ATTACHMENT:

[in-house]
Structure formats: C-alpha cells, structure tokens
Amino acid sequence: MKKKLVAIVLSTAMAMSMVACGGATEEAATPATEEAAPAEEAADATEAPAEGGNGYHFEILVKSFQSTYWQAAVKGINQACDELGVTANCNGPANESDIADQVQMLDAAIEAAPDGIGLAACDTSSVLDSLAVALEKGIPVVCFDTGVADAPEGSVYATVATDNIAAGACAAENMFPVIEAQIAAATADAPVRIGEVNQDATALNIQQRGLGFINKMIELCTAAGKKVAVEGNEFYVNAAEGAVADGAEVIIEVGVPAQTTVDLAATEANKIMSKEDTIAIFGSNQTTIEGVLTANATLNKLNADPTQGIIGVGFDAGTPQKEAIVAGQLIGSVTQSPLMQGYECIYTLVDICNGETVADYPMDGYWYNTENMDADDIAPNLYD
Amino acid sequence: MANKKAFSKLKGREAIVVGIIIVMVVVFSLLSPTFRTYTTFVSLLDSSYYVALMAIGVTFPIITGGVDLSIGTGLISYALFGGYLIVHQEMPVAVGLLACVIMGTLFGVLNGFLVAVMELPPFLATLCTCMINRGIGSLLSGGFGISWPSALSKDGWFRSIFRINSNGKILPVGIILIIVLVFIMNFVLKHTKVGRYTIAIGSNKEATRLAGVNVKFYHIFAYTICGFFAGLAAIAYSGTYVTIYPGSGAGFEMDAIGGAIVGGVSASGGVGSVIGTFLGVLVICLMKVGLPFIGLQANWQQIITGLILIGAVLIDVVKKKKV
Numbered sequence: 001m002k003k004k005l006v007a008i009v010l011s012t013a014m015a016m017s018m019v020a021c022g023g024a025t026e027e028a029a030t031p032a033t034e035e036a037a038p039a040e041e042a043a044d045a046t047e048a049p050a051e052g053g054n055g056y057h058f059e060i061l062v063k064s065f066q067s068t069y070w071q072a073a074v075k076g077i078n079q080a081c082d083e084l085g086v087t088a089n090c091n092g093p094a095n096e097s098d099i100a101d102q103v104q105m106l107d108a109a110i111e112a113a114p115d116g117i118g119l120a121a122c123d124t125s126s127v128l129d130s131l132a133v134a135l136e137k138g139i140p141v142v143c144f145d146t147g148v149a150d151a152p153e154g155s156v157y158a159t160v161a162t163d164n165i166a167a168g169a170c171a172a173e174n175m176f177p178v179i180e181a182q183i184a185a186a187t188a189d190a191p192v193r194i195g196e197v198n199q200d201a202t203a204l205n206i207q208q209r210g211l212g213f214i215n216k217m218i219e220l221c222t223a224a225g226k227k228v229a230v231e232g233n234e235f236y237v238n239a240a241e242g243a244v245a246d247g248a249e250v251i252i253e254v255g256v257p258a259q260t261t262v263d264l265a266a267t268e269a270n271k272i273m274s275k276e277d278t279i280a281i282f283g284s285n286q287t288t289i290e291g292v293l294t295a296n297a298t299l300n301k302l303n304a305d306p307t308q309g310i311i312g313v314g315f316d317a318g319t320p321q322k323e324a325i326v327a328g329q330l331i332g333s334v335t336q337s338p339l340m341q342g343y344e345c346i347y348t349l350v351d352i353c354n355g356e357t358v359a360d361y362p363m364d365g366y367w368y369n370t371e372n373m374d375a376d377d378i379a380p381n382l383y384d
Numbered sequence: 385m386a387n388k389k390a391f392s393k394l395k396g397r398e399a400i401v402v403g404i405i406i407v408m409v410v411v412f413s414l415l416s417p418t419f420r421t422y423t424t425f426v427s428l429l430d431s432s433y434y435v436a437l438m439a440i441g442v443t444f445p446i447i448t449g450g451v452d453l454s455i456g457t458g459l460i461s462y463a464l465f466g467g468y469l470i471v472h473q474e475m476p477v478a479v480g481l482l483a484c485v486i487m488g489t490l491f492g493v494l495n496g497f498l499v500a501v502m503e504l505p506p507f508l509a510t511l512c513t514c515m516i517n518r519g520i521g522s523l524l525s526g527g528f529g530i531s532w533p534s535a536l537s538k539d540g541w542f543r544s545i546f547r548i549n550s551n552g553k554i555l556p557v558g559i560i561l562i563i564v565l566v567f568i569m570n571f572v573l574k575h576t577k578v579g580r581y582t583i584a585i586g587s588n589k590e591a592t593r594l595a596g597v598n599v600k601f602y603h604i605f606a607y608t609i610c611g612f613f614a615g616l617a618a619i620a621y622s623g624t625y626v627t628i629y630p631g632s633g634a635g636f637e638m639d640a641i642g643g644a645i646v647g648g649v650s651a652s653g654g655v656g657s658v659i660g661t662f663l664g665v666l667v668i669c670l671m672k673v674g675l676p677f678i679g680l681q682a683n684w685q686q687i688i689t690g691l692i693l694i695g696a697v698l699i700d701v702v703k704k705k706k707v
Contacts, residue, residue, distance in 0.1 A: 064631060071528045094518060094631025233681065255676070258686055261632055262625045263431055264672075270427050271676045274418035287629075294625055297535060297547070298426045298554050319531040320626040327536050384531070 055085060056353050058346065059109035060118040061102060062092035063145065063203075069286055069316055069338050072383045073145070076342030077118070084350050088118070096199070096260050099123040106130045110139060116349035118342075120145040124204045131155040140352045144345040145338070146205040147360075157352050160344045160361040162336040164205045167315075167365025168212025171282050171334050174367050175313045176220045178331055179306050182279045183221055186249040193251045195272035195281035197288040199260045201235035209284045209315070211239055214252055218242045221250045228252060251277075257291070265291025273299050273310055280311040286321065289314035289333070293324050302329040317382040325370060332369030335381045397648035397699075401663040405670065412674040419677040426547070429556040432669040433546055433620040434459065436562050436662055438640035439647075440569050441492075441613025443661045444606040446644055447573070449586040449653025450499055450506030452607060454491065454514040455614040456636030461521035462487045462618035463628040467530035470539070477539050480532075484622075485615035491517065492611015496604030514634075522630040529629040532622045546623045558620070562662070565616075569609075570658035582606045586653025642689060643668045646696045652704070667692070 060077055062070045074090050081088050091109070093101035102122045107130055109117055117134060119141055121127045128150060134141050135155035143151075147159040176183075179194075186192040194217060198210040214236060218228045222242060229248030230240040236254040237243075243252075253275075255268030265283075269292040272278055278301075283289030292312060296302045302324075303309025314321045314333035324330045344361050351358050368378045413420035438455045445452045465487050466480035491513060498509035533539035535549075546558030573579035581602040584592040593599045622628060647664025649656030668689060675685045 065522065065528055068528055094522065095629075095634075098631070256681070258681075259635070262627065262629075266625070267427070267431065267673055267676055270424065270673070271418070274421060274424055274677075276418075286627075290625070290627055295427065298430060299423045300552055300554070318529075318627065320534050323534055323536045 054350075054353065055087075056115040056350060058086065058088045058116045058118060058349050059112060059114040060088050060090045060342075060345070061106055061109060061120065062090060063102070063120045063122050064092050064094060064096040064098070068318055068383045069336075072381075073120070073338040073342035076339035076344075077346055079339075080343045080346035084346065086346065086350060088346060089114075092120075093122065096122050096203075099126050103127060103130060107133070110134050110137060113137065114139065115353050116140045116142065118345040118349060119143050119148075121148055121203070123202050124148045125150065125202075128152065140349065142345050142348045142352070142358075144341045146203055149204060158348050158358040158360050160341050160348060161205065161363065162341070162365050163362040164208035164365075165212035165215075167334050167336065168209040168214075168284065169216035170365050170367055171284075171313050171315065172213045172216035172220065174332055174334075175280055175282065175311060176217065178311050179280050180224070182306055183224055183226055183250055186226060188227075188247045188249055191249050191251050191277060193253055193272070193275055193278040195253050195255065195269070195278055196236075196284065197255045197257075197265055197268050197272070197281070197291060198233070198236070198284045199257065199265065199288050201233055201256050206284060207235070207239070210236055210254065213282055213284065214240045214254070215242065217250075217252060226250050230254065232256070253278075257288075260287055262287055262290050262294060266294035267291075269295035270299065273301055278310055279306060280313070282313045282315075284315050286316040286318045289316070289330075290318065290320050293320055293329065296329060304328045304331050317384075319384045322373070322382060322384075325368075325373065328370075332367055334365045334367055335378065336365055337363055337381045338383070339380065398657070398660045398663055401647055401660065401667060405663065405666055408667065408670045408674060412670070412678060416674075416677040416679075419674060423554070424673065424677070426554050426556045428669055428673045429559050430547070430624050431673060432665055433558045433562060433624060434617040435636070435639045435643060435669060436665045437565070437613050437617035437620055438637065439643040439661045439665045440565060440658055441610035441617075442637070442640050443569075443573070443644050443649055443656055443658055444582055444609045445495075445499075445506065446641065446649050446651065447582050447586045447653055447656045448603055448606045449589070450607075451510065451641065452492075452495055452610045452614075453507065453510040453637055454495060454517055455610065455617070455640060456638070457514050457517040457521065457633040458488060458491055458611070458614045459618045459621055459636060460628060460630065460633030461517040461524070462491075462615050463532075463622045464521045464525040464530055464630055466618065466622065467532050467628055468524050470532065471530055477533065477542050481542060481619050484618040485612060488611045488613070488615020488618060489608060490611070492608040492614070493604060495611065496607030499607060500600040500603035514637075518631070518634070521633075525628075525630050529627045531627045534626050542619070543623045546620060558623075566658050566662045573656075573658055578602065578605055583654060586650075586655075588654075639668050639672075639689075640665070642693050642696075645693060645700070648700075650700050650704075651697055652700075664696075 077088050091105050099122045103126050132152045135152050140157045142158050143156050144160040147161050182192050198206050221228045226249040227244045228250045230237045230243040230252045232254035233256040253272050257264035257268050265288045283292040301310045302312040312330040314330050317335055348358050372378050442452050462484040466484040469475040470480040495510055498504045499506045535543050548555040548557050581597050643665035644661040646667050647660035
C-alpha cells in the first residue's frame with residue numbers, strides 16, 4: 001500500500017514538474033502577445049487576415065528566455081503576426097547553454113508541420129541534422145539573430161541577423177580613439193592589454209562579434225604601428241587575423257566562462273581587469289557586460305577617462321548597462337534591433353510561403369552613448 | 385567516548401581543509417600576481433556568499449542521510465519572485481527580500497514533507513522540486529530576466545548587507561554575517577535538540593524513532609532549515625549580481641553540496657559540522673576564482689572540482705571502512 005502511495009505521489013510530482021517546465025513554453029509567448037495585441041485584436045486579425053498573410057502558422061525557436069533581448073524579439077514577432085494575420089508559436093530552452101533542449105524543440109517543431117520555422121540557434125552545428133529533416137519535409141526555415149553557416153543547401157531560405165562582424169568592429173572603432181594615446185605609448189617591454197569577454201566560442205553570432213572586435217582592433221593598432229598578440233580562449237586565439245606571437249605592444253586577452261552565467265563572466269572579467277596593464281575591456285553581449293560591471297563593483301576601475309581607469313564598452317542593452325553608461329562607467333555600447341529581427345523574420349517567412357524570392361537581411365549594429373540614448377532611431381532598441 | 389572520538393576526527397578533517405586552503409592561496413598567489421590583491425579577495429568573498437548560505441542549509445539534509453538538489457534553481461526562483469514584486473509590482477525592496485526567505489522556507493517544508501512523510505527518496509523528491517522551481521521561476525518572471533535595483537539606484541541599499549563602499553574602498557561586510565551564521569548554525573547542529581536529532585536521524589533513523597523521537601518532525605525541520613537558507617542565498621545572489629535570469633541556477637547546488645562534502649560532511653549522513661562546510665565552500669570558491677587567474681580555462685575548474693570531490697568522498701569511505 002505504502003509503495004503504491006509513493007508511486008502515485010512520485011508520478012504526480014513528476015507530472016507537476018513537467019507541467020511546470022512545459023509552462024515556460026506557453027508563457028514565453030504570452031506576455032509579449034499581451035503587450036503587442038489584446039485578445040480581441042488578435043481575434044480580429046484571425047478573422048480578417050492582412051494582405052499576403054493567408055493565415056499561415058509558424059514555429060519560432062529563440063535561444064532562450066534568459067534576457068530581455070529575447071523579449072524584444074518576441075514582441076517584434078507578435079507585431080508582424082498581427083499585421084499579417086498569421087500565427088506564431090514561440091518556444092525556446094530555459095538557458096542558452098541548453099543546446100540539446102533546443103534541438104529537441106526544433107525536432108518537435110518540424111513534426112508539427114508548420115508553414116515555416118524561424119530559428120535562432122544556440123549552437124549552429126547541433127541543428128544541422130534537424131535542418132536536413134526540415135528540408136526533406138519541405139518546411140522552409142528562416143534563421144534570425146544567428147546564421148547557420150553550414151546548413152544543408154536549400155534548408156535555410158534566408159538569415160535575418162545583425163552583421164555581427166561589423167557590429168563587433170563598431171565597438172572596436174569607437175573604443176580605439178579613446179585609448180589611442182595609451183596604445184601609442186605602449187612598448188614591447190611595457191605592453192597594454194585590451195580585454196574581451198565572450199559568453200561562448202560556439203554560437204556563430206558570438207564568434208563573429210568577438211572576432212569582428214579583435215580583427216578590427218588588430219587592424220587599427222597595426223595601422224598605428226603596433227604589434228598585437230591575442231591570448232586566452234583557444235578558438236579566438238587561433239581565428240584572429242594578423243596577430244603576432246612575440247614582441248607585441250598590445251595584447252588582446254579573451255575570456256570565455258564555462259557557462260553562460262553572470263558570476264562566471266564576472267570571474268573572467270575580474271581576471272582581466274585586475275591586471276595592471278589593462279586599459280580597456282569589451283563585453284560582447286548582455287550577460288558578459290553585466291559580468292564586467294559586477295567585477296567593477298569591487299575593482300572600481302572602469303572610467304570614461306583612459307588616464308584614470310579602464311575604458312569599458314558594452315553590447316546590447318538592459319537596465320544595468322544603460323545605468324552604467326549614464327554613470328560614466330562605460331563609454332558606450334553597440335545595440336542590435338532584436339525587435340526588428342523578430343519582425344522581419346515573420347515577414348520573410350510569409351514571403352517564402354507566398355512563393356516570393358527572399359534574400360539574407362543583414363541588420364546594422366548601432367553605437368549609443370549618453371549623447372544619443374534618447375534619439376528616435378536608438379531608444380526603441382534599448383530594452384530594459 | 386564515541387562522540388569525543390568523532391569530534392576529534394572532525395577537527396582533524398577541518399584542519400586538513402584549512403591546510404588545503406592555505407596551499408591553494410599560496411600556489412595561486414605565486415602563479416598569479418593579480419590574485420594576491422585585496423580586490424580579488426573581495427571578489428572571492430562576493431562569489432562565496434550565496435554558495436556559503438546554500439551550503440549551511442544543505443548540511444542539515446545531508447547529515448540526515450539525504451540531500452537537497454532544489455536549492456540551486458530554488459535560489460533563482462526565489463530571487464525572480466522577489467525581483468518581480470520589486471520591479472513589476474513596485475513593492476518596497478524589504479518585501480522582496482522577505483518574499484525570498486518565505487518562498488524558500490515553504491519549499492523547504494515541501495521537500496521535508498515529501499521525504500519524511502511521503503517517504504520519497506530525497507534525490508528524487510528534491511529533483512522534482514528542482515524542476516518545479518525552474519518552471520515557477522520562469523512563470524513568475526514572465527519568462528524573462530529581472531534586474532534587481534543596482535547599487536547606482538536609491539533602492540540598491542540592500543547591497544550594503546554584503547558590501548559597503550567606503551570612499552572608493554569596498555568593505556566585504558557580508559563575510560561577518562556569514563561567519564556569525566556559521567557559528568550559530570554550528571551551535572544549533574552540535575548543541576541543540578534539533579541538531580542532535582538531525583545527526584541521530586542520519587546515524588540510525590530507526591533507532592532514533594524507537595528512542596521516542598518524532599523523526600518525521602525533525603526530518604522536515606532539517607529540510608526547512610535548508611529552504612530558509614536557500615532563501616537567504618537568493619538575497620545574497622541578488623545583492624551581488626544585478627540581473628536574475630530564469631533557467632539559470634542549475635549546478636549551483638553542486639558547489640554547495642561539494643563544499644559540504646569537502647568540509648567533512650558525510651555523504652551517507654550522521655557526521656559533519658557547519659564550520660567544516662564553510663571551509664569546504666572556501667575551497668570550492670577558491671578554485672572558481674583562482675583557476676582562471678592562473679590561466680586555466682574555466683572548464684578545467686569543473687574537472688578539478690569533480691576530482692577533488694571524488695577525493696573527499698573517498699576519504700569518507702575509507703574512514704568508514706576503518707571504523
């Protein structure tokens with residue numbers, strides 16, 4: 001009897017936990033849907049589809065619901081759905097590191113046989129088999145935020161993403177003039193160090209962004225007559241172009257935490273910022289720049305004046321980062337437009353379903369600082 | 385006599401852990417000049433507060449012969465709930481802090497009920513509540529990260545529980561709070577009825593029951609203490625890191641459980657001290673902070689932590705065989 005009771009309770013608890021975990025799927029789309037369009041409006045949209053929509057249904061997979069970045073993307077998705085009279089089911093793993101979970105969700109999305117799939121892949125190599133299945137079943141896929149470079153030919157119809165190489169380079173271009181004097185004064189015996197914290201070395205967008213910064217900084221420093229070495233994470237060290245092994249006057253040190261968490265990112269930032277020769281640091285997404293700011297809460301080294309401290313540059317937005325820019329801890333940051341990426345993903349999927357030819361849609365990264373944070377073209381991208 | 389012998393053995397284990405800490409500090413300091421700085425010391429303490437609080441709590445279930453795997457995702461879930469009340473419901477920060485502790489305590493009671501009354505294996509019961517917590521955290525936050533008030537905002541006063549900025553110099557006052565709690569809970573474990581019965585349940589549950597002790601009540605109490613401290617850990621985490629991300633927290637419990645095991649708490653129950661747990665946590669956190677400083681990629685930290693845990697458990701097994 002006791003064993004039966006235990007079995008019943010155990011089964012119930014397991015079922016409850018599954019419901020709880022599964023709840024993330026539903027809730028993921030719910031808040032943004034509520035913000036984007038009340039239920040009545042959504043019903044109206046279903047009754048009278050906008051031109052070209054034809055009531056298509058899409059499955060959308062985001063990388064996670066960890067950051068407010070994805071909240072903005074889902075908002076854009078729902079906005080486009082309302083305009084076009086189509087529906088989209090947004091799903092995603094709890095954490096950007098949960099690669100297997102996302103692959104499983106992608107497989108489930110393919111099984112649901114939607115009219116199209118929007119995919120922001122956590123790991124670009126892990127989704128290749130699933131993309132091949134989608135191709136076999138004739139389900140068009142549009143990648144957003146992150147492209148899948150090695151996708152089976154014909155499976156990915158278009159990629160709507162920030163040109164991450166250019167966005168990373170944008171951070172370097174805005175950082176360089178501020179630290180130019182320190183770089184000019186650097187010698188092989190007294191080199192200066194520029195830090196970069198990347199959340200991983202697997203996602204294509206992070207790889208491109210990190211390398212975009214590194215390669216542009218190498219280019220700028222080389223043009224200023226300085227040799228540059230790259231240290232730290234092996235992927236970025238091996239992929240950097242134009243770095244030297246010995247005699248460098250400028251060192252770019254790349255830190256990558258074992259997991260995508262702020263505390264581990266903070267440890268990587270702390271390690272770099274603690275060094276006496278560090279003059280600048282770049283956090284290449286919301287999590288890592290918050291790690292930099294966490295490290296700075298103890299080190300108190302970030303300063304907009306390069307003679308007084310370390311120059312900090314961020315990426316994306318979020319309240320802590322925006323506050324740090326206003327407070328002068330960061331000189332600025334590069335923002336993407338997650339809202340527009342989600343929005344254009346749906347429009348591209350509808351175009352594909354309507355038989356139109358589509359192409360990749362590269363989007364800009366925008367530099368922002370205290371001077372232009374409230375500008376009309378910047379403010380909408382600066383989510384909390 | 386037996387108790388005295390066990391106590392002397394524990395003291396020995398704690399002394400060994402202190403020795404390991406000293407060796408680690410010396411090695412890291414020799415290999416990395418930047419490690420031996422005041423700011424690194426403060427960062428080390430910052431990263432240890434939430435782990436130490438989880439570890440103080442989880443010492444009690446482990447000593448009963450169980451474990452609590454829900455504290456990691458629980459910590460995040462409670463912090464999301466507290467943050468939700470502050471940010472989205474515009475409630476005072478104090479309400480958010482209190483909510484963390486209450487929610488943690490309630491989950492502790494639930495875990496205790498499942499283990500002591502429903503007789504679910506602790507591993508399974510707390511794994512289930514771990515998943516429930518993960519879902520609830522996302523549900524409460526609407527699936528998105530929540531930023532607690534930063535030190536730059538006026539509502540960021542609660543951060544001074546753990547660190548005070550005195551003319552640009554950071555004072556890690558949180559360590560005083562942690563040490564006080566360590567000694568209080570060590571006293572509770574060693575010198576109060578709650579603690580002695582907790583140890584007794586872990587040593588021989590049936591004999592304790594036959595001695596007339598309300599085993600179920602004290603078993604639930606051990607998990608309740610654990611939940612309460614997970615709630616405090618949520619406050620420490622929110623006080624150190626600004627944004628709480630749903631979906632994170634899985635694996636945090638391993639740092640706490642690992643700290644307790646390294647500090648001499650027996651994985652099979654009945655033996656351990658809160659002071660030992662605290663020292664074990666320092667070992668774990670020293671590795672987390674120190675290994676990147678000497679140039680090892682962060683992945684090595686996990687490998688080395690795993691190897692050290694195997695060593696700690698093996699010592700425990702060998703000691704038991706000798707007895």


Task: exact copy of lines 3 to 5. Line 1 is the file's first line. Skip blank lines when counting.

Amino acid sequence: MKKKLVAIVLSTAMAMSMVACGGATEEAATPATEEAAPAEEAADATEAPAEGGNGYHFEILVKSFQSTYWQAAVKGINQACDELGVTANCNGPANESDIADQVQMLDAAIEAAPDGIGLAACDTSSVLDSLAVALEKGIPVVCFDTGVADAPEGSVYATVATDNIAAGACAAENMFPVIEAQIAAATADAPVRIGEVNQDATALNIQQRGLGFINKMIELCTAAGKKVAVEGNEFYVNAAEGAVADGAEVIIEVGVPAQTTVDLAATEANKIMSKEDTIAIFGSNQTTIEGVLTANATLNKLNADPTQGIIGVGFDAGTPQKEAIVAGQLIGSVTQSPLMQGYECIYTLVDICNGETVADYPMDGYWYNTENMDADDIAPNLYD
Amino acid sequence: MANKKAFSKLKGREAIVVGIIIVMVVVFSLLSPTFRTYTTFVSLLDSSYYVALMAIGVTFPIITGGVDLSIGTGLISYALFGGYLIVHQEMPVAVGLLACVIMGTLFGVLNGFLVAVMELPPFLATLCTCMINRGIGSLLSGGFGISWPSALSKDGWFRSIFRINSNGKILPVGIILIIVLVFIMNFVLKHTKVGRYTIAIGSNKEATRLAGVNVKFYHIFAYTICGFFAGLAAIAYSGTYVTIYPGSGAGFEMDAIGGAIVGGVSASGGVGSVIGTFLGVLVICLMKVGLPFIGLQANWQQIITGLILIGAVLIDVVKKKKV
Numbered sequence: 001m002k003k004k005l006v007a008i009v010l011s012t013a014m015a016m017s018m019v020a021c022g023g024a025t026e027e028a029a030t031p032a033t034e035e036a037a038p039a040e041e042a043a044d045a046t047e048a049p050a051e052g053g054n055g056y057h058f059e060i061l062v063k064s065f066q067s068t069y070w071q072a073a074v075k076g077i078n079q080a081c082d083e084l085g086v087t088a089n090c091n092g093p094a095n096e097s098d099i100a101d102q103v104q105m106l107d108a109a110i111e112a113a114p115d116g117i118g119l120a121a122c123d124t125s126s127v128l129d130s131l132a133v134a135l136e137k138g139i140p141v142v143c144f145d146t147g148v149a150d151a152p153e154g155s156v157y158a159t160v161a162t163d164n165i166a167a168g169a170c171a172a173e174n175m176f177p178v179i180e181a182q183i184a185a186a187t188a189d190a191p192v193r194i195g196e197v198n199q200d201a202t203a204l205n206i207q208q209r210g211l212g213f214i215n216k217m218i219e220l221c222t223a224a225g226k227k228v229a230v231e232g233n234e235f236y237v238n239a240a241e242g243a244v245a246d247g248a249e250v251i252i253e254v255g256v257p258a259q260t261t262v263d264l265a266a267t268e269a270n271k272i273m274s275k276e277d278t279i280a281i282f283g284s285n286q287t288t289i290e291g292v293l294t295a296n297a298t299l300n301k302l303n304a305d306p307t308q309g310i311i312g313v314g315f316d317a318g319t320p321q322k323e324a325i326v327a328g329q330l331i332g333s334v335t336q337s338p339l340m341q342g343y344e345c346i347y348t349l350v351d352i353c354n355g356e357t358v359a360d361y362p363m364d365g366y367w368y369n370t371e372n373m374d375a376d377d378i379a380p381n382l383y384d